Good-morning, kittens & dawgs! I am totally into learning about my ancestors. Last Friday, you sampled a taste of my genealogy with Meet my parents. I shared with you that Mom and Dad were both born in southern West Virginia. Of course, I lived there until I married in 1979.
In the era my parents were born (late 30s to mid-40s) times were hard for the mountaineers. Folks in the small woods communities in McDowell County had few luxuries and many lived in conditions we would think are primitive today.
I got to thinking about their many inconveniences and things we take for granted like bathrooms. In those days, you went to the bathroom in an Outhouse (outdoor toilet) in most areas. Although, finding a spot behind a tree would work, too. When I was a little girl that’s the only bathroom my family had until the late 60s. Have you had the privilege of using one?Now, this brings me to the point of post. I have a funny story to share about my last time in an outhouse.
In the early 80s, we went home for a weekend visit to my in-laws. Years ago, we sorta coordinated our trips home when DH’s older brothers and their wives would be there, too. On this particular stay the house was full of people.
It was night-time, everyone was doing their own thing as I laid on the sofa reading a scary book when mother nature made her call. I didn’t waste time to check the bathrooms ~ upstairs bathroom…occupied. SHOOT! Downstairs bath…taken! DANG!! I had no other recourse than to venture out into the darkness…alone. It sounds like I’m a bit of scaredy Cathy, doesn’t it? If you said, yes, then you’re right. Trust me, no one wants to go to an outhouse with you. I grabbed a flash light; out the door, across the lawn, and down the hill I went.
Making myself comfortable, it was then I realized all alone…in the dark… and at the edge of the woods my ears picked up every tiny sound. My eyes darted rapidly back and forth. I heard scratching and movement. Where was it? My heart quickened. It wasn’t uncommon for animals to amble across my in-laws property. Was it a bear? A panther? Anything was possible, after all I was in wild, wonderful, West Virginia.
My brow was tense, my nostrils flared excitedly with each breath, and my pulse beating 100mps. “Okay,” I thought, “If it’s a bear I can out run it, but a big cat? No way!” Exhaling heavily, I voiced out loud, “Stay calm. Walk, don’t run. Keep alert!” With saucer wide eyes, I gradually opened the door. So far so good! I don’t see anything, I thought.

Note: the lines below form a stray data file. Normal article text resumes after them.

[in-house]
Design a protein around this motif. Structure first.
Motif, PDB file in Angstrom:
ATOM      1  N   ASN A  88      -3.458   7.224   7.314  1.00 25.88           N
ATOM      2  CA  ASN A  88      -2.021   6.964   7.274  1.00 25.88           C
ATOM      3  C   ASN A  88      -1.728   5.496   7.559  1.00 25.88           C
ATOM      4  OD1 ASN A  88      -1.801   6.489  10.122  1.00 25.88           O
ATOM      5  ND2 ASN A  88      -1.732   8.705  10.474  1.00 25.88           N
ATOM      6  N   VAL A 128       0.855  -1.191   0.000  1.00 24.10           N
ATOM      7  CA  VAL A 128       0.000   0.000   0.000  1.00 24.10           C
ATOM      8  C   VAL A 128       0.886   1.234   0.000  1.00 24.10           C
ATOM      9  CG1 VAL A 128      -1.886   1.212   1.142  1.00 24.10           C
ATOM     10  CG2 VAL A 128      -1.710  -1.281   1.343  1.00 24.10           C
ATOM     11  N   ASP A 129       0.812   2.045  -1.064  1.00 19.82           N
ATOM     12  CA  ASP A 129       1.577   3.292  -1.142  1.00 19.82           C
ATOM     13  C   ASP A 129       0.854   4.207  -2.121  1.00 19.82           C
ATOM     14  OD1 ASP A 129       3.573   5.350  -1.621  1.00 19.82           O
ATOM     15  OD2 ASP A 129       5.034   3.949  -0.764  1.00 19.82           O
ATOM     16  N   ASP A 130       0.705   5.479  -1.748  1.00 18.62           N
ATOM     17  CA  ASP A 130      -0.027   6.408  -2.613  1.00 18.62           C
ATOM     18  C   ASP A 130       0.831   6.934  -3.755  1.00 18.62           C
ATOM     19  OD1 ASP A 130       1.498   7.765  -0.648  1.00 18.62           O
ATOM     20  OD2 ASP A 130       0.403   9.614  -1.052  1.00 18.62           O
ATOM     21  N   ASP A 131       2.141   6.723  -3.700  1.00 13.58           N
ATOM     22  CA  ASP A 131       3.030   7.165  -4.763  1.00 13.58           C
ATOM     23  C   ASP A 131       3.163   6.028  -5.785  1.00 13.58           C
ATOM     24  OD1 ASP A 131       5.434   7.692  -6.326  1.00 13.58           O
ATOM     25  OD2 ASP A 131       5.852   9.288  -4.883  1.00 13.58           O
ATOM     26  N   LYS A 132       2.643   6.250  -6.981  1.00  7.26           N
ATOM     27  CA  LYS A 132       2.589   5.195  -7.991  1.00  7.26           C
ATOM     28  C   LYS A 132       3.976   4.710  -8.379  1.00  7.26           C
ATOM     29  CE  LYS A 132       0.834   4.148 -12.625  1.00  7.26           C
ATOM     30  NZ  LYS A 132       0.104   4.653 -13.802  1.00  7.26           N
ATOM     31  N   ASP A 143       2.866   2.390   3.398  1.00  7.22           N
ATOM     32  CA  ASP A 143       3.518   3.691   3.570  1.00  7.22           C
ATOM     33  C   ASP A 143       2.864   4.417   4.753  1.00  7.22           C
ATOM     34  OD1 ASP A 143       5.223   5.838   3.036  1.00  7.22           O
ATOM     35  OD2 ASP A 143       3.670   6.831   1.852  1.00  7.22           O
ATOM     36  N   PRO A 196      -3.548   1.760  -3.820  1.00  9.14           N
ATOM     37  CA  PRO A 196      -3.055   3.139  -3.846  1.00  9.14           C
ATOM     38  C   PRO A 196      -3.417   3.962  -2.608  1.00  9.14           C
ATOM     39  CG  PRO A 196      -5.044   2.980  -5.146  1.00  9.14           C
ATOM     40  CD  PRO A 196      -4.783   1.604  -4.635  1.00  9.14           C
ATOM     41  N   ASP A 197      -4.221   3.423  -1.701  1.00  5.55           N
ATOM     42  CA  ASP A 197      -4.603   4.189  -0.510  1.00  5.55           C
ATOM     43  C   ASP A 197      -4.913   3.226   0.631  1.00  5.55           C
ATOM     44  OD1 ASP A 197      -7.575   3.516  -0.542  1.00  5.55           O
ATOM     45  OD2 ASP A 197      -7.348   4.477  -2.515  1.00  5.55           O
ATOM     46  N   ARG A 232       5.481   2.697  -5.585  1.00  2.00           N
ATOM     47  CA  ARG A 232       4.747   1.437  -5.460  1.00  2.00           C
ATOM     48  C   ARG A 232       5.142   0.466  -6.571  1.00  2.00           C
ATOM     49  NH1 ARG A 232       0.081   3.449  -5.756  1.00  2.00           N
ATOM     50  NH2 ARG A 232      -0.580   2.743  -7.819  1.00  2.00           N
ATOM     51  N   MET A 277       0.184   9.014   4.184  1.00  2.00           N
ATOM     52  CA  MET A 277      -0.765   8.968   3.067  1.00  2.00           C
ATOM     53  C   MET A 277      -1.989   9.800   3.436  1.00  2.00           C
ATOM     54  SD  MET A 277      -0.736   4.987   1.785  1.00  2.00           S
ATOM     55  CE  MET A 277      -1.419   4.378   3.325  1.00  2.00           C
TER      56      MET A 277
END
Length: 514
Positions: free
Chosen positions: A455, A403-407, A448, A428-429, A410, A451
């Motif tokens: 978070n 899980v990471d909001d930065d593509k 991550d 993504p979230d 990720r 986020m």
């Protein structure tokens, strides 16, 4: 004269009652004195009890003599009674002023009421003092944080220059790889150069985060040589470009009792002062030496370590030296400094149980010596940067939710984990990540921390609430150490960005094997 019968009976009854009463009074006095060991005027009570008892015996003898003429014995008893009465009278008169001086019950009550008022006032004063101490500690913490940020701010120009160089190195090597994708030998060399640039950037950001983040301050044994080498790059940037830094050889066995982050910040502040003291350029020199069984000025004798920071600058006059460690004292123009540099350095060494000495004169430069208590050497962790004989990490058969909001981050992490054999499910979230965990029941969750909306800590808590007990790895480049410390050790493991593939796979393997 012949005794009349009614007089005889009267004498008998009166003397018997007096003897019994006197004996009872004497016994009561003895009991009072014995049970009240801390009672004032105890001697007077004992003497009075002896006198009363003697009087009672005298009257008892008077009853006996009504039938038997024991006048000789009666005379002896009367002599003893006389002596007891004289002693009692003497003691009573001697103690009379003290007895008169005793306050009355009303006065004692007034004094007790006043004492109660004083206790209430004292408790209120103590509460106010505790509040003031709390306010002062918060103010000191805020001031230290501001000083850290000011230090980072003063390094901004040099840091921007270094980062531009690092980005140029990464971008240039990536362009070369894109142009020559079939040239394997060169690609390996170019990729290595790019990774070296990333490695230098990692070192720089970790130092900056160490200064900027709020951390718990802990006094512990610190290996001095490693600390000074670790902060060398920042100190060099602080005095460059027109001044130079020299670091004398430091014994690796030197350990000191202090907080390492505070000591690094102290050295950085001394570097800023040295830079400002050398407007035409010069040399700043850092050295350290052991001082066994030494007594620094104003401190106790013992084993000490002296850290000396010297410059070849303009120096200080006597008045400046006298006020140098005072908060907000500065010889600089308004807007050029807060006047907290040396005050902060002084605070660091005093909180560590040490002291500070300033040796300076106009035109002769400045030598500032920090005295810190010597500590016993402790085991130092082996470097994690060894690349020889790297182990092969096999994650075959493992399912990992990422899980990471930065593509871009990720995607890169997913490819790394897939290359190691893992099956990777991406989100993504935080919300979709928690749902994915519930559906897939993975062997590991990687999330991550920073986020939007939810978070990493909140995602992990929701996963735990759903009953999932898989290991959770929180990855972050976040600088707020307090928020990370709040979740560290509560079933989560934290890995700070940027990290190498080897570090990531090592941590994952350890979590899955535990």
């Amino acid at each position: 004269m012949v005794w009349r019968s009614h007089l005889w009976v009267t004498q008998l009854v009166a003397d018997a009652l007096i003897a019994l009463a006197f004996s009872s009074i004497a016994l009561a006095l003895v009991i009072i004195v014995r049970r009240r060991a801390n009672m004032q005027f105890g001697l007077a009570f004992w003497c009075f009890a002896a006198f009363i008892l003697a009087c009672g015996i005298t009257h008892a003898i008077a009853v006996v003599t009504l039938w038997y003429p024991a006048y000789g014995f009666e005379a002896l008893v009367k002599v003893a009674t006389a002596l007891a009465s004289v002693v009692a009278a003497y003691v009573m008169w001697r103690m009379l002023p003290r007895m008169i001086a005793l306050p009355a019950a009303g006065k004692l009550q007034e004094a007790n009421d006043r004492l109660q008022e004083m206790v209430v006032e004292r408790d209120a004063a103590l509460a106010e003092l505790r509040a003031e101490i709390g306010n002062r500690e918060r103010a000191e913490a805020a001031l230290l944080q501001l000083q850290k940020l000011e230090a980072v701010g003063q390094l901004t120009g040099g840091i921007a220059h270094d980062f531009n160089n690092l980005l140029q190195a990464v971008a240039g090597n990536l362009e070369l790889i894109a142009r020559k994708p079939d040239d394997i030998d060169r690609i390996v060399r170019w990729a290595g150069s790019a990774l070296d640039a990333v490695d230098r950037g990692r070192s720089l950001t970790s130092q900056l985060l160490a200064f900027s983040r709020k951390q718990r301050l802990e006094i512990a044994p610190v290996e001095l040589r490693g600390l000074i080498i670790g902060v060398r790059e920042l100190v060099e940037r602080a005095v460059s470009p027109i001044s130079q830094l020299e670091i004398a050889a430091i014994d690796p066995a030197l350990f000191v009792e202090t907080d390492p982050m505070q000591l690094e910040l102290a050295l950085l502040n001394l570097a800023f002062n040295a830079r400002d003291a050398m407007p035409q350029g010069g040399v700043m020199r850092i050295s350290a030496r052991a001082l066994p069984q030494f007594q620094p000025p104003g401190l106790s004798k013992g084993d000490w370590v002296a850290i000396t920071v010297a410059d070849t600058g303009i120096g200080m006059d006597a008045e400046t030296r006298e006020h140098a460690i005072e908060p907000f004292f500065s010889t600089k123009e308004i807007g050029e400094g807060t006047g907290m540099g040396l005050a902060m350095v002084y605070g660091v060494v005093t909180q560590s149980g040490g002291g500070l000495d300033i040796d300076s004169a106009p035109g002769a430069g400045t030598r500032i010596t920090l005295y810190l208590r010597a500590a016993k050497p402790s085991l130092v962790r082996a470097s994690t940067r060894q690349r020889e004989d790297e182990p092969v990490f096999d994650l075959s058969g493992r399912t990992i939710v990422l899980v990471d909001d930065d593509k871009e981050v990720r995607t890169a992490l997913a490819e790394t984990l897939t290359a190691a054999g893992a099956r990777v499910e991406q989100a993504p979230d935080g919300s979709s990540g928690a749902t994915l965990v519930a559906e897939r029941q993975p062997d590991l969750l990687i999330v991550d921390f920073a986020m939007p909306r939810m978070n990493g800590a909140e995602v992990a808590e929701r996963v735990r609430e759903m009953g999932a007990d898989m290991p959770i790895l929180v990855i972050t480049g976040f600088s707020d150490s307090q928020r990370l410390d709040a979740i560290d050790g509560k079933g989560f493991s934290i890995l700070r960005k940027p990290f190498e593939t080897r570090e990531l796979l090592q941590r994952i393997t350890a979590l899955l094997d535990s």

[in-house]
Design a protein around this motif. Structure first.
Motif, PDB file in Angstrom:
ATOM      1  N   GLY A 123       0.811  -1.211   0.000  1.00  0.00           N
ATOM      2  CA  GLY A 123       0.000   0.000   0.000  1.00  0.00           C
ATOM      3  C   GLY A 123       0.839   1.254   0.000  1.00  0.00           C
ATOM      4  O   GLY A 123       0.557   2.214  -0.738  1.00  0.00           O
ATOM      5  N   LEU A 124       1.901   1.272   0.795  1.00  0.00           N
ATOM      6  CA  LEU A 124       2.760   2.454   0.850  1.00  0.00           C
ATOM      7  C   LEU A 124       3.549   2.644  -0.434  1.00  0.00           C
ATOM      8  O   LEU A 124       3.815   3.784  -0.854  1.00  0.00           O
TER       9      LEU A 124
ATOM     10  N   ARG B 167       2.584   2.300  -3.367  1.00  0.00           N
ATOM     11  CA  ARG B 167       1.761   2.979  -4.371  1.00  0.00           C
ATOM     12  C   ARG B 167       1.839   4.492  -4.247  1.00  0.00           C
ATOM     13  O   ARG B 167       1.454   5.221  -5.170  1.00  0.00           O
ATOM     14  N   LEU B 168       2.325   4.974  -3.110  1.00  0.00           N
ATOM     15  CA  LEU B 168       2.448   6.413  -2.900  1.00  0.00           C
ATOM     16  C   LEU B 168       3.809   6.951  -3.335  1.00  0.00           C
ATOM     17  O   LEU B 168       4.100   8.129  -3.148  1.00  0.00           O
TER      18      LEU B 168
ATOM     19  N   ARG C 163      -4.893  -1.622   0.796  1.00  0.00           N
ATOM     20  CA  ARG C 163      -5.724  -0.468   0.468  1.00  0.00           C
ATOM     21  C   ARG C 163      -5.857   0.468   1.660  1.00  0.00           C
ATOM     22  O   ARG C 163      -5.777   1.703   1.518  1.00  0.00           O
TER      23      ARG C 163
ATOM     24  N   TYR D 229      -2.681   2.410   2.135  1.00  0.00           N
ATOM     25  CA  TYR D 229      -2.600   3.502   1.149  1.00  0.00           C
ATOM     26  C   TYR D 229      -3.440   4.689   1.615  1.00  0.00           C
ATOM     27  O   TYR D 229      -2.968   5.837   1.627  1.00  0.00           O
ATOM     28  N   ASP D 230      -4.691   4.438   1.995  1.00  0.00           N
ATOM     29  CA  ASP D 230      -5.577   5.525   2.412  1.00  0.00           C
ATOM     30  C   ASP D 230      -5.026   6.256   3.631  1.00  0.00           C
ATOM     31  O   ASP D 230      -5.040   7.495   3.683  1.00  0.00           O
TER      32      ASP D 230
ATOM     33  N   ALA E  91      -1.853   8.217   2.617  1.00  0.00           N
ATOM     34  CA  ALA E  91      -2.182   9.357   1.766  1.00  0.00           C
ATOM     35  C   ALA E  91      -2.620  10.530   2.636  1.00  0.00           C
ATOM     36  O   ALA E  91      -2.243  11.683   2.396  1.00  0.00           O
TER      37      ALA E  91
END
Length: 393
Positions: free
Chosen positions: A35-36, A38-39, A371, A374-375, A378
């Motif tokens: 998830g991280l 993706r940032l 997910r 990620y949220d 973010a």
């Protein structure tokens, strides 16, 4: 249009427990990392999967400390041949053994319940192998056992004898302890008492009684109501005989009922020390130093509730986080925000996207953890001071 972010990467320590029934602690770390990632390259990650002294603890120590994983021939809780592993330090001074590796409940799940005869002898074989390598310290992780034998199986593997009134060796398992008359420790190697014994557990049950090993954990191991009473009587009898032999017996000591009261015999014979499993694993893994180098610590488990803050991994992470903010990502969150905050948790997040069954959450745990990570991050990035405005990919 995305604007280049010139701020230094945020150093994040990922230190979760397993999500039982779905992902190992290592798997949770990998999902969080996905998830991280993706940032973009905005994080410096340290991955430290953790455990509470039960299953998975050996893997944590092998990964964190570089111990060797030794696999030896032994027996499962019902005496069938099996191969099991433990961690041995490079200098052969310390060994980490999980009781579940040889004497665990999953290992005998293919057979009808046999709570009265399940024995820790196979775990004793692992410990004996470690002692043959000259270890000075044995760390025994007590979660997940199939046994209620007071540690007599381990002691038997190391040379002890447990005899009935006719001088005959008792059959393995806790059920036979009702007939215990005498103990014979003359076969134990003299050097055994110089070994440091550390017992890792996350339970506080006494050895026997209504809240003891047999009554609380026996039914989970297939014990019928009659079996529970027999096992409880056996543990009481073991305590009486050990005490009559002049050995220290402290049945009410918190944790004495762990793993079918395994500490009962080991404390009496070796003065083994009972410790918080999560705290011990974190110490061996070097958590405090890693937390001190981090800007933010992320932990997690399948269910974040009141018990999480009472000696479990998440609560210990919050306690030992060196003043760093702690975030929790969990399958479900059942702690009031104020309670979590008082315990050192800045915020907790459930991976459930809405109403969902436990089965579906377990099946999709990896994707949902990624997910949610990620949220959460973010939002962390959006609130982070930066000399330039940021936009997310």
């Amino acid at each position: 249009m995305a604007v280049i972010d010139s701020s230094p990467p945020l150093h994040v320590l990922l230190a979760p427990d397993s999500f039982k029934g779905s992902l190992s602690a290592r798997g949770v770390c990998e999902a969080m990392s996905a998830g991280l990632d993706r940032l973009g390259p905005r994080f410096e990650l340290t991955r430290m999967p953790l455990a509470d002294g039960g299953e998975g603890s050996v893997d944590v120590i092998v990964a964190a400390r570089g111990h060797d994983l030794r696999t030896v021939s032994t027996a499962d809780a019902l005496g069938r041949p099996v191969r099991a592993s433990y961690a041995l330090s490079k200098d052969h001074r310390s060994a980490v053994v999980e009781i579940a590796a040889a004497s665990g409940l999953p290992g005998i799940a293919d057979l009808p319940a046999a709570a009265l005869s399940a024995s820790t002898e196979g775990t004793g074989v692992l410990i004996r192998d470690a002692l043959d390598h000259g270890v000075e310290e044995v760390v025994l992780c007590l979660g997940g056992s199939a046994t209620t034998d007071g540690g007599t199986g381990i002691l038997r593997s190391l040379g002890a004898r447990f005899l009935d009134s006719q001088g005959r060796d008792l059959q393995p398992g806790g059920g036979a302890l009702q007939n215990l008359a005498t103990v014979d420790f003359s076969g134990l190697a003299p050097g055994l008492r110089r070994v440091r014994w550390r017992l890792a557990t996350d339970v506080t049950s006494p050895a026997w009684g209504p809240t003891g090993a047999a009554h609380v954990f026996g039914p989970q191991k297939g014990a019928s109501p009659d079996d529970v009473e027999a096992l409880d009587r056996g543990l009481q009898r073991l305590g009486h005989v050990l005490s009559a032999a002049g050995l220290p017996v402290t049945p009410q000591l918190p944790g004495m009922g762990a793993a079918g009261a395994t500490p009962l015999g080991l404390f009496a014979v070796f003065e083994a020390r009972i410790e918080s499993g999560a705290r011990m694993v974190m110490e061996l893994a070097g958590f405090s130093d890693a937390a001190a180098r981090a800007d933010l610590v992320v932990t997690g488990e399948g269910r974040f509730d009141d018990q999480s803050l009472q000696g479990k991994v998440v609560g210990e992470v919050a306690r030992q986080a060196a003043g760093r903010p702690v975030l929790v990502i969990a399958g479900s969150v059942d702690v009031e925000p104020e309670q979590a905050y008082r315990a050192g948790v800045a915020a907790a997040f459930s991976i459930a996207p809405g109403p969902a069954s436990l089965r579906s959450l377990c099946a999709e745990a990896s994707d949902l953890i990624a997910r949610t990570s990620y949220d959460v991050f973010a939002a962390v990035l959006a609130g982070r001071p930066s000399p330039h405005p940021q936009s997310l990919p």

I paced my feet – not too fast and not too slow. My heart-felt like it would jump out of my chest. DH told me on several occasions how the terrifying cry from the big cat woke him in the middle of the night or how he sensed the stealthy creature prowling around in the shadows after he’s returned home at night when we dated. Why even Grandma Kennedy told us the story of a panther that chased her and her sister home when she was young; barely escaping death from the merciless feline we named Green Eyes.
The minute long trip back to the comfort of my in-laws home took forever or so it seemed. Breathlessly, I told DH about my experience. Trying to not laugh, I’m sure he giggled just a bit, a silly grin creased his face. “That was a mouse more than likely. They like to build nests under the outhouse.”
My shoulders slumped with relief. I was happy my wild suspicions was nothing more than a mouse, but I couldn’t help to think, “What if it weren’t a mouse, but ole Green Eyes?”
Please forgive me, but this is a good time to toss in a plug for my children’s story. Check out… The Tale of Ole Green Eyes Thanks! 😉
In retrospect, I like to think my venture was every bit as exciting as a panther lurking somewhere in the dark, unseen and not a little mouse. However, I never used the outdoor facilities again after that and avoided being out after dark…alone. lol
You may enjoy reading the Time’s article A Brief History of Toilets. Personally, I am thankful we have toilets…in our home where you don’t have to wear a coat or carry a shotgun when you go to the bathroom, aren’t you?
What stories do you have to share with outhouses?